A Game to Understand the Theory of Special Relativity

A slower speed of light

Here’s something Science-lovers will love. A video game made by MIT (Massachusetts Institute of Technology) Game Lab to help in understanding Einstein’s Theory of Special Relativity. Einstein’s theory of special relativity is a topic of old and on-going scientific debates and some still don’t accept it.  Einstein’s theory includes length contraction, time dilation, simultaneity etc. His theory is complex and interesting and was so different than the usual theories at that time and was met with controversy by many scientists.

But later on, some points were experimentally verified. Anyway, for students or anyone, who want to understand the concepts of special relativity visually, not mathematically, this game is made for them. All because what Einstein said was theoretical and was supported by Einstein’s ‘thought experiments’, so it is not possible to observe time dilation, length contraction etc in real life as we don’t even come close to the speed of light (which is 299,792,458 m/s) which is VERY high.

Since we can’t replicate the conditions physically, we describe it visually through a game. This game is ideal for you if you’re student and just studied the theory of special relativity and scratching your head on what you just read. Many people find this theory very interesting as it’s steps away from normal Physics and sounds almost unreal and surprising. The first thing people think of when they read about the theory is, of course, Time Machine, which is a separate topic.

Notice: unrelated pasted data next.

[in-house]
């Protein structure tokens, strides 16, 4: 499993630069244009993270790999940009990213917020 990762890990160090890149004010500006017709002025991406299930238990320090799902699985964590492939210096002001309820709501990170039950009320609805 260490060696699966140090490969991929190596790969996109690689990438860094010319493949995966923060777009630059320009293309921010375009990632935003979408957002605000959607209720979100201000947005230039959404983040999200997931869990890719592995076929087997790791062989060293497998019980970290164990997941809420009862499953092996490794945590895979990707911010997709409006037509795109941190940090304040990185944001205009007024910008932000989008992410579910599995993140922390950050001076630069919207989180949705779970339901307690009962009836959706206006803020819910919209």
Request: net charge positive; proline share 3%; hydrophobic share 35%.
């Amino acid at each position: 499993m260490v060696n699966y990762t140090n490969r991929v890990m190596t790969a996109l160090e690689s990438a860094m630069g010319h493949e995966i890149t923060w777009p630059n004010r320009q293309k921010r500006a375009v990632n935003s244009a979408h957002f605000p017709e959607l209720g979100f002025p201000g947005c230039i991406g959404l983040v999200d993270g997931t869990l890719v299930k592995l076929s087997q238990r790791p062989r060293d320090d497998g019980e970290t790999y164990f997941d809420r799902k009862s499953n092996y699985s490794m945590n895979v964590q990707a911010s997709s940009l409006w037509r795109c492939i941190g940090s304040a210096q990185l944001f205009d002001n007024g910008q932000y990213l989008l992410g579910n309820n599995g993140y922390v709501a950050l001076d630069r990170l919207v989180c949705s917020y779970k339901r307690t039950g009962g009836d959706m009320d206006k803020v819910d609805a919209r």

The game is simple and has a simple story to support it, which I will not describe here. It’s better for you to see it for yourself. Here’s a tip, collect all the orbs to see the real objective of the game; speed of light.

You can download the game “A Slower Speed of Light” from:

PC -> PC Download Link

MAC -> MAC Download Link

One comment

  1. Today special relativity is seen as an application of linear algebra , but at the time special relativity was being developed the field of linear algebra was still in its infancy. There were no textbooks on linear algebra as modern vector space and transformation theory, and the matrix notation of Arthur Cayley (that unifies the subject) had not yet come into widespread use. In retrospect, we can see that the Lorentz transformations are simply hyperbolic rotations, as explicitly noted by Minkowski.

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